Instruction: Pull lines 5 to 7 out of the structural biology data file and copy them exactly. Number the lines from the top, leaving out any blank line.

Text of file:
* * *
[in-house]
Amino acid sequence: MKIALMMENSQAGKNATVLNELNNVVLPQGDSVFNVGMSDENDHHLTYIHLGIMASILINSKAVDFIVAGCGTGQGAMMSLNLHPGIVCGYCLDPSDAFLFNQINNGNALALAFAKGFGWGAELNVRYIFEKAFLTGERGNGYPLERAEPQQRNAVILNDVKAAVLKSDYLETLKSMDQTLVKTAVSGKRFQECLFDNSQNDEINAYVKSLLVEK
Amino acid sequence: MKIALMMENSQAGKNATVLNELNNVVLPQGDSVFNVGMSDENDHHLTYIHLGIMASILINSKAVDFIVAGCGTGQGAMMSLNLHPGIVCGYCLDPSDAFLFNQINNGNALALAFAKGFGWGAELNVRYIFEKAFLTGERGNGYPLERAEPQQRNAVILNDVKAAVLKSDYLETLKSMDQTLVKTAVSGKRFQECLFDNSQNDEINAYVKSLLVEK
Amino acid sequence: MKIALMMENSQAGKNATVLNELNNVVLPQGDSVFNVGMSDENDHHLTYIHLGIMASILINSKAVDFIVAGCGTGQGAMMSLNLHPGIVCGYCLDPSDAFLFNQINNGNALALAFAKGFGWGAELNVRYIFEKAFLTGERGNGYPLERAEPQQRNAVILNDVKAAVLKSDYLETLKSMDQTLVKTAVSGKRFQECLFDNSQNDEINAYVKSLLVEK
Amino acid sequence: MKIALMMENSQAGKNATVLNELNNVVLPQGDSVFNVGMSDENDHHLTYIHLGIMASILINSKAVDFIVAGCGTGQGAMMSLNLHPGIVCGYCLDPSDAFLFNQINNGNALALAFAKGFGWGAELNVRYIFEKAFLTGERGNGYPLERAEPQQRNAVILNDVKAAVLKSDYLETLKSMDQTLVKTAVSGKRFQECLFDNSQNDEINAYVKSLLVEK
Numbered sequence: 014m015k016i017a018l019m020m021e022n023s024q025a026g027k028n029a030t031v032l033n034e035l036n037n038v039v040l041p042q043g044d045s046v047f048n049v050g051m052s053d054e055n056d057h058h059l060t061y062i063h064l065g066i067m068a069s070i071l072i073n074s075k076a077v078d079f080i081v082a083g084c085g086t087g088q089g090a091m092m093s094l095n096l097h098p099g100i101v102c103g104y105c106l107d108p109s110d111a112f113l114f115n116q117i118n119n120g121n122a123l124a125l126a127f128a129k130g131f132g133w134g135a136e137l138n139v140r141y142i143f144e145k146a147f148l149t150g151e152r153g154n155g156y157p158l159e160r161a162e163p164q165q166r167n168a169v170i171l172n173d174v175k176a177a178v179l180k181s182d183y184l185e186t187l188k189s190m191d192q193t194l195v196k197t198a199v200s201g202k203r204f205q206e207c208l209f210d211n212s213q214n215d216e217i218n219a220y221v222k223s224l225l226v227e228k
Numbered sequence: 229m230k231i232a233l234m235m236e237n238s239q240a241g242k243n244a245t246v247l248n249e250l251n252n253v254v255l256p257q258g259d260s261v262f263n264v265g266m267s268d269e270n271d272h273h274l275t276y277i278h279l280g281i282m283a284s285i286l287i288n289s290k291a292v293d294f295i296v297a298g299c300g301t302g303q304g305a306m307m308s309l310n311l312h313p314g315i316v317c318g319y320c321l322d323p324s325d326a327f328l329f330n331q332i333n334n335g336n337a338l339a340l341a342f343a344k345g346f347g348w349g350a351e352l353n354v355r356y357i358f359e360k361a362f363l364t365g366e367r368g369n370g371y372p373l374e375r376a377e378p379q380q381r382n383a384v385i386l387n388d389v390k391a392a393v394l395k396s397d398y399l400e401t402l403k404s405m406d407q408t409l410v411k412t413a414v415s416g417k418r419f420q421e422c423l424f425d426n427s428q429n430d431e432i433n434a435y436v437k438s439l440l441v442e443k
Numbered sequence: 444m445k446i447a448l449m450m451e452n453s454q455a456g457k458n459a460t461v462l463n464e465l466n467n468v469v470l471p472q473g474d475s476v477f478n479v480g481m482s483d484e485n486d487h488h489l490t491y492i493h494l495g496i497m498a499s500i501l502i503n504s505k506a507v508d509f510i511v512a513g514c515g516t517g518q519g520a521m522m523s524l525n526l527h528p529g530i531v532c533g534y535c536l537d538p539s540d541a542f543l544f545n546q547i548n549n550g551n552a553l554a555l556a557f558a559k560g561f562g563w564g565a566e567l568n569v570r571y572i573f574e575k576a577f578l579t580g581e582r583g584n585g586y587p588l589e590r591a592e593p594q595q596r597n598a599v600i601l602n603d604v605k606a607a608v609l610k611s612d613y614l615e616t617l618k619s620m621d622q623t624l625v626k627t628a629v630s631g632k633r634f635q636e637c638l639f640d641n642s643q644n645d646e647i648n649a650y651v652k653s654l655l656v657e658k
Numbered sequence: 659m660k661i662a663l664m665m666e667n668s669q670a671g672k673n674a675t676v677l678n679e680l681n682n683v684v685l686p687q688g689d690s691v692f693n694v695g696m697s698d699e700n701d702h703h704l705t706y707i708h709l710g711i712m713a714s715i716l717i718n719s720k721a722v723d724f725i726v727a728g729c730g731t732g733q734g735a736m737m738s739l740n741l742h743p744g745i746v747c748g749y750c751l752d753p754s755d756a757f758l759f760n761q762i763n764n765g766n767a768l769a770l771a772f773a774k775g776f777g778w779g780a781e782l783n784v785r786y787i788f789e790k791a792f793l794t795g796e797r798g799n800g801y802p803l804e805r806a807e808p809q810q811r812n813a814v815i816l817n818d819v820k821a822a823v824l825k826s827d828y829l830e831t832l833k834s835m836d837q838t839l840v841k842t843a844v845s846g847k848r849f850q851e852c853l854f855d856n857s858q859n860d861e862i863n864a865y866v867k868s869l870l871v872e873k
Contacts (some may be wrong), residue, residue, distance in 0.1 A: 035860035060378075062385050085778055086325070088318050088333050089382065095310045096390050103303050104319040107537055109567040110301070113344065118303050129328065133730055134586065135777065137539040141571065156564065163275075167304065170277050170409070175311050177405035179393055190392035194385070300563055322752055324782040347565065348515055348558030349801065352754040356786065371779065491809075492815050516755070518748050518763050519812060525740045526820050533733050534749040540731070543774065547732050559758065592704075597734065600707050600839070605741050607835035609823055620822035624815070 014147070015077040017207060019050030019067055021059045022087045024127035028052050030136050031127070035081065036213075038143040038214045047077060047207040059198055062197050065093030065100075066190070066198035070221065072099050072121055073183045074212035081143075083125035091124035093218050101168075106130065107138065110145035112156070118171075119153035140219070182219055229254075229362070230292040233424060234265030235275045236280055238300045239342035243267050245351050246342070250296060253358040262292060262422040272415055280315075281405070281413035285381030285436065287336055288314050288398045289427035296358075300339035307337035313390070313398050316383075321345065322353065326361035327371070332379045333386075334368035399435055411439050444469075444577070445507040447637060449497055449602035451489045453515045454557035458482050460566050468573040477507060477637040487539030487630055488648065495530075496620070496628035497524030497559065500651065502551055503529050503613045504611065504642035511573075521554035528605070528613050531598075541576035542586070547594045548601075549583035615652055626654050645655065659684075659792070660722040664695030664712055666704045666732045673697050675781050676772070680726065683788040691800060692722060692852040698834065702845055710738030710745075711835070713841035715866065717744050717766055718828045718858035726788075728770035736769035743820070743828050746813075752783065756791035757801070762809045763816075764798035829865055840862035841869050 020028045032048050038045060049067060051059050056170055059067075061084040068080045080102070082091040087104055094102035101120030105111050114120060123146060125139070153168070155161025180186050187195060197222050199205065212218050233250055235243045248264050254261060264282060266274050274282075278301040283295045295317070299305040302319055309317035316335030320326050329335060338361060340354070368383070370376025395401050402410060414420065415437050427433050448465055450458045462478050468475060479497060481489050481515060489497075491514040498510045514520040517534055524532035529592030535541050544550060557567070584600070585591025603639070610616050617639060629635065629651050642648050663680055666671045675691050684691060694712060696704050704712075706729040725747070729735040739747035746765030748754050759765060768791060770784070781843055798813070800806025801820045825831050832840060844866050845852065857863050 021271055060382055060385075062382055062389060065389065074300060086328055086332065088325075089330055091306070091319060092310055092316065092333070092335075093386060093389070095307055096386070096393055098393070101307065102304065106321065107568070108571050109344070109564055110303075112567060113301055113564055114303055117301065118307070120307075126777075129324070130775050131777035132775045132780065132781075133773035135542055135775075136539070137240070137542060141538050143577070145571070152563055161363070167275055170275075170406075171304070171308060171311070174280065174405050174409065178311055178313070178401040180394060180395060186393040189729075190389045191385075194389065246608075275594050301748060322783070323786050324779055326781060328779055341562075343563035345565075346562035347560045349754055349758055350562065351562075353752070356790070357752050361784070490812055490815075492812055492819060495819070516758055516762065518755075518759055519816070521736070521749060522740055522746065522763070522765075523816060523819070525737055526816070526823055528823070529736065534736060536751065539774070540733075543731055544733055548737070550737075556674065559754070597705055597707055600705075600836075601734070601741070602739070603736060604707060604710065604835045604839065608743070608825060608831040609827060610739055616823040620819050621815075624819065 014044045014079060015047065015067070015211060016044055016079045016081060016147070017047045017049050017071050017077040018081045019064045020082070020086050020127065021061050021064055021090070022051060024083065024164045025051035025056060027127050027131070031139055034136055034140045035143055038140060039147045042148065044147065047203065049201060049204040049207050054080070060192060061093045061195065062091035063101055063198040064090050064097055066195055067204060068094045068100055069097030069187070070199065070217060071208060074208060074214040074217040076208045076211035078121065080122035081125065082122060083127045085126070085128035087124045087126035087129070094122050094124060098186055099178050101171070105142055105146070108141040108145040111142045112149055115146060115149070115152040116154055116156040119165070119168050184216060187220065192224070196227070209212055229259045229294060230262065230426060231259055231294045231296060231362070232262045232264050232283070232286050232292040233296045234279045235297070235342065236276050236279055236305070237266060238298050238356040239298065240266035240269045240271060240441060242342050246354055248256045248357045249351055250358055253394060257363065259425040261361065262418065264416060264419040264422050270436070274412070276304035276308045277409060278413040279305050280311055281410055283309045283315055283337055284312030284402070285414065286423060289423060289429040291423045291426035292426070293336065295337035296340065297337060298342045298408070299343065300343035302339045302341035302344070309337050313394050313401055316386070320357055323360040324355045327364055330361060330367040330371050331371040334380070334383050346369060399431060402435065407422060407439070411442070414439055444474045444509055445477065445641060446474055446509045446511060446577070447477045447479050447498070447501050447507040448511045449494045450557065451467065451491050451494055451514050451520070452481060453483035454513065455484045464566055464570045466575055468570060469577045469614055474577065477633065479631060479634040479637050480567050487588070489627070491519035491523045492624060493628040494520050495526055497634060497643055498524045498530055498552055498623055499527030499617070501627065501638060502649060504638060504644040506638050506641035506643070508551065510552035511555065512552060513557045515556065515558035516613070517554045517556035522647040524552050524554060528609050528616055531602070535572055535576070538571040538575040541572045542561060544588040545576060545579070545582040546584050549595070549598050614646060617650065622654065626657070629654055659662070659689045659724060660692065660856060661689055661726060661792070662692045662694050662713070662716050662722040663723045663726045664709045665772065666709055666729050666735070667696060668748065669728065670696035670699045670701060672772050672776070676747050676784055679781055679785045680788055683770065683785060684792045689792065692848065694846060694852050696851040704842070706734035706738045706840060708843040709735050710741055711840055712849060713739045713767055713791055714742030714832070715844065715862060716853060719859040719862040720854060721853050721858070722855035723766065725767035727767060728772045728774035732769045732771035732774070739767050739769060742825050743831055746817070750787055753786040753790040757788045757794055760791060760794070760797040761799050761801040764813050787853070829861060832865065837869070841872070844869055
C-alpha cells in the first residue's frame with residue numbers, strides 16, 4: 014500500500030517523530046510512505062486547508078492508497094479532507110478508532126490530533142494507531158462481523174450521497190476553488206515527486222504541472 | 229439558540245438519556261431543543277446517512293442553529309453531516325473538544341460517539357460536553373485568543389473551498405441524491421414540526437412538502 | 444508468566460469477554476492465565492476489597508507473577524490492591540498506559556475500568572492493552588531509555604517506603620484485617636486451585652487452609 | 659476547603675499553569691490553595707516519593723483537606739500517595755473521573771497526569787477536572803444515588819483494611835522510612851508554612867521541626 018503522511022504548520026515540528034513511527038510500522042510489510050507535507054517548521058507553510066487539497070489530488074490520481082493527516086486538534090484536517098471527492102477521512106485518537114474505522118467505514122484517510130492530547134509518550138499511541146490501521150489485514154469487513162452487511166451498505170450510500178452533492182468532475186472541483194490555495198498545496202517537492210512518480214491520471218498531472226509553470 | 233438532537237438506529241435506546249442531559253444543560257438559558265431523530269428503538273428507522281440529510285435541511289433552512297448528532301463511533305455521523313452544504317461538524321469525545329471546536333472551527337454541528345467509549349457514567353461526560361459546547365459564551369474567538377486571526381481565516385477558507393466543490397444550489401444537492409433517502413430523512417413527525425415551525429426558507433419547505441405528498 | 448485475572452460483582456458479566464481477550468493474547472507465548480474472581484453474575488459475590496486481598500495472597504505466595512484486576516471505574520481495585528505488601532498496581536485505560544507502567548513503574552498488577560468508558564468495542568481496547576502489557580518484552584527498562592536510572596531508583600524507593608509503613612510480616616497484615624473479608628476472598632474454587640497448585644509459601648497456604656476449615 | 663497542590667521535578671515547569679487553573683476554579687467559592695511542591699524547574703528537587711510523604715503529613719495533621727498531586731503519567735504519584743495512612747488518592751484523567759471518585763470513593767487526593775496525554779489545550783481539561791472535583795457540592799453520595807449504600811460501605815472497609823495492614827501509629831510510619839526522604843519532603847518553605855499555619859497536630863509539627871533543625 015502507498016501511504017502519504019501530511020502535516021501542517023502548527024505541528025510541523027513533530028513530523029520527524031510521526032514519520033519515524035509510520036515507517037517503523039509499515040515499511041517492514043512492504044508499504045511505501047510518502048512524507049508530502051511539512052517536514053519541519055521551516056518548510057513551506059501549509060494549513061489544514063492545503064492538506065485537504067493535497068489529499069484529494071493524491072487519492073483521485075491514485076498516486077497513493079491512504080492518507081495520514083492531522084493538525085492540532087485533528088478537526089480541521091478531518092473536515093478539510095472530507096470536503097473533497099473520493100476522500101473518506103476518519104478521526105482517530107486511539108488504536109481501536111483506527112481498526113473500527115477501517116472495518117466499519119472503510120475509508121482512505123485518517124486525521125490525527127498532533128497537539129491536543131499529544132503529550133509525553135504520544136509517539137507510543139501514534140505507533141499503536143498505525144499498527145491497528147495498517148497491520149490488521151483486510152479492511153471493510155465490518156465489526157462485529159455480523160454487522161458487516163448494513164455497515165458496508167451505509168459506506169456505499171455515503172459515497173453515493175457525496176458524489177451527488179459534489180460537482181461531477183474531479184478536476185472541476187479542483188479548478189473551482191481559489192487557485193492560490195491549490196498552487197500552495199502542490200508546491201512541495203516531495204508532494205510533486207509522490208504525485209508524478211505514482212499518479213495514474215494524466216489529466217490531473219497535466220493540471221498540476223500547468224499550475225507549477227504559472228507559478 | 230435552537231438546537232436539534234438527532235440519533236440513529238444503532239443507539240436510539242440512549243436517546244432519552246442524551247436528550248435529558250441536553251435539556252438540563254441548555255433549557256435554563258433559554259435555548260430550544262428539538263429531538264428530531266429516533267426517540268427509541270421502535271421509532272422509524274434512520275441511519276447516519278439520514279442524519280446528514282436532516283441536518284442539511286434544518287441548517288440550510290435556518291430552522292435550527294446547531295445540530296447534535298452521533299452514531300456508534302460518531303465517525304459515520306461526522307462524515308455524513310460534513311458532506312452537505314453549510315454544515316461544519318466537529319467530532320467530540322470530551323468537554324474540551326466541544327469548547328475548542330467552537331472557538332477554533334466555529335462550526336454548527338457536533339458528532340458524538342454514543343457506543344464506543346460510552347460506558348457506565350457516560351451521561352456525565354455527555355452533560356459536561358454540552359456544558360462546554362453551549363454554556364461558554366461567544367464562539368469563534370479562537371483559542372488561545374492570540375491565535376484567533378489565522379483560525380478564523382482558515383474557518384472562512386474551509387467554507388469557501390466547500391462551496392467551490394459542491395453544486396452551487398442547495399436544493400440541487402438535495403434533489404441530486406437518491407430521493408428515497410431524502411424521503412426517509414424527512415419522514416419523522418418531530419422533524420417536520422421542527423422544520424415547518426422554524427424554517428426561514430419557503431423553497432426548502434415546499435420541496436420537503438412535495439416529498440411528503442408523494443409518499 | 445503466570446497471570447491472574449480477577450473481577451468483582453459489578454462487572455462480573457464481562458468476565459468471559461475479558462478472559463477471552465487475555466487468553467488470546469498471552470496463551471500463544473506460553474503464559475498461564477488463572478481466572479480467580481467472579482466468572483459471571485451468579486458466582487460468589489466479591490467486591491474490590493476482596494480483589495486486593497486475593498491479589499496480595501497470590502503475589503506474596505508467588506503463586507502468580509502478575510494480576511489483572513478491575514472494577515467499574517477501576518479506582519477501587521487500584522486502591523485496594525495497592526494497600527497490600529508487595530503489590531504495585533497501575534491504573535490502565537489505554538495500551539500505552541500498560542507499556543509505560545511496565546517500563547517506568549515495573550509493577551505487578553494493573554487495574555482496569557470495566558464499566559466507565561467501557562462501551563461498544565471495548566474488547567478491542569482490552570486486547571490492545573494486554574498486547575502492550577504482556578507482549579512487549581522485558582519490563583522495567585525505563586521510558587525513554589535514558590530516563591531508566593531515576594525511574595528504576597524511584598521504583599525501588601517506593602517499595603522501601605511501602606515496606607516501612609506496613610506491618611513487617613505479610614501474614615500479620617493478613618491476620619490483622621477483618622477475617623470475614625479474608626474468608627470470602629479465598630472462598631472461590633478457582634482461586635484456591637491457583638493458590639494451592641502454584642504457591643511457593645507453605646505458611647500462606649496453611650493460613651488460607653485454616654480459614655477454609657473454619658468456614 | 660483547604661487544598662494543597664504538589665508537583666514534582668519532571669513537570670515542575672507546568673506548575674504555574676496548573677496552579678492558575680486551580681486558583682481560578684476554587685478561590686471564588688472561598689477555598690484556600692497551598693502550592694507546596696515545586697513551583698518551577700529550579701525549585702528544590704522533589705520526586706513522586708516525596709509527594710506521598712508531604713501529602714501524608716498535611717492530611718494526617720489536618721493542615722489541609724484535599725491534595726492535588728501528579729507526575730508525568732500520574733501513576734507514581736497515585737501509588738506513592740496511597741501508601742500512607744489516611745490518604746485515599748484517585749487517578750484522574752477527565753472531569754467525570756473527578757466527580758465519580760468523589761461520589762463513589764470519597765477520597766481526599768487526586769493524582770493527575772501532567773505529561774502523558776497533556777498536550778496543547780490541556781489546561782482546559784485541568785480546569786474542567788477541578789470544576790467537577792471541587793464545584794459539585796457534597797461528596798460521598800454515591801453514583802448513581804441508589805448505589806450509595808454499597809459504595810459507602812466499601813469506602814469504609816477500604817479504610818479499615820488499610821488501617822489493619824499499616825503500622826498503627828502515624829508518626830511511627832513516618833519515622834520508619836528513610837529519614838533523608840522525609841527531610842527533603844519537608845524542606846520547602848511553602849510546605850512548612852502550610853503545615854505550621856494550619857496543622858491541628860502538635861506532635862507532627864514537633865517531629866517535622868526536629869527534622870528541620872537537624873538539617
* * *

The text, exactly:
Amino acid sequence: MKIALMMENSQAGKNATVLNELNNVVLPQGDSVFNVGMSDENDHHLTYIHLGIMASILINSKAVDFIVAGCGTGQGAMMSLNLHPGIVCGYCLDPSDAFLFNQINNGNALALAFAKGFGWGAELNVRYIFEKAFLTGERGNGYPLERAEPQQRNAVILNDVKAAVLKSDYLETLKSMDQTLVKTAVSGKRFQECLFDNSQNDEINAYVKSLLVEK
Numbered sequence: 014m015k016i017a018l019m020m021e022n023s024q025a026g027k028n029a030t031v032l033n034e035l036n037n038v039v040l041p042q043g044d045s046v047f048n049v050g051m052s053d054e055n056d057h058h059l060t061y062i063h064l065g066i067m068a069s070i071l072i073n074s075k076a077v078d079f080i081v082a083g084c085g086t087g088q089g090a091m092m093s094l095n096l097h098p099g100i101v102c103g104y105c106l107d108p109s110d111a112f113l114f115n116q117i118n119n120g121n122a123l124a125l126a127f128a129k130g131f132g133w134g135a136e137l138n139v140r141y142i143f144e145k146a147f148l149t150g151e152r153g154n155g156y157p158l159e160r161a162e163p164q165q166r167n168a169v170i171l172n173d174v175k176a177a178v179l180k181s182d183y184l185e186t187l188k189s190m191d192q193t194l195v196k197t198a199v200s201g202k203r204f205q206e207c208l209f210d211n212s213q214n215d216e217i218n219a220y221v222k223s224l225l226v227e228k
Numbered sequence: 229m230k231i232a233l234m235m236e237n238s239q240a241g242k243n244a245t246v247l248n249e250l251n252n253v254v255l256p257q258g259d260s261v262f263n264v265g266m267s268d269e270n271d272h273h274l275t276y277i278h279l280g281i282m283a284s285i286l287i288n289s290k291a292v293d294f295i296v297a298g299c300g301t302g303q304g305a306m307m308s309l310n311l312h313p314g315i316v317c318g319y320c321l322d323p324s325d326a327f328l329f330n331q332i333n334n335g336n337a338l339a340l341a342f343a344k345g346f347g348w349g350a351e352l353n354v355r356y357i358f359e360k361a362f363l364t365g366e367r368g369n370g371y372p373l374e375r376a377e378p379q380q381r382n383a384v385i386l387n388d389v390k391a392a393v394l395k396s397d398y399l400e401t402l403k404s405m406d407q408t409l410v411k412t413a414v415s416g417k418r419f420q421e422c423l424f425d426n427s428q429n430d431e432i433n434a435y436v437k438s439l440l441v442e443k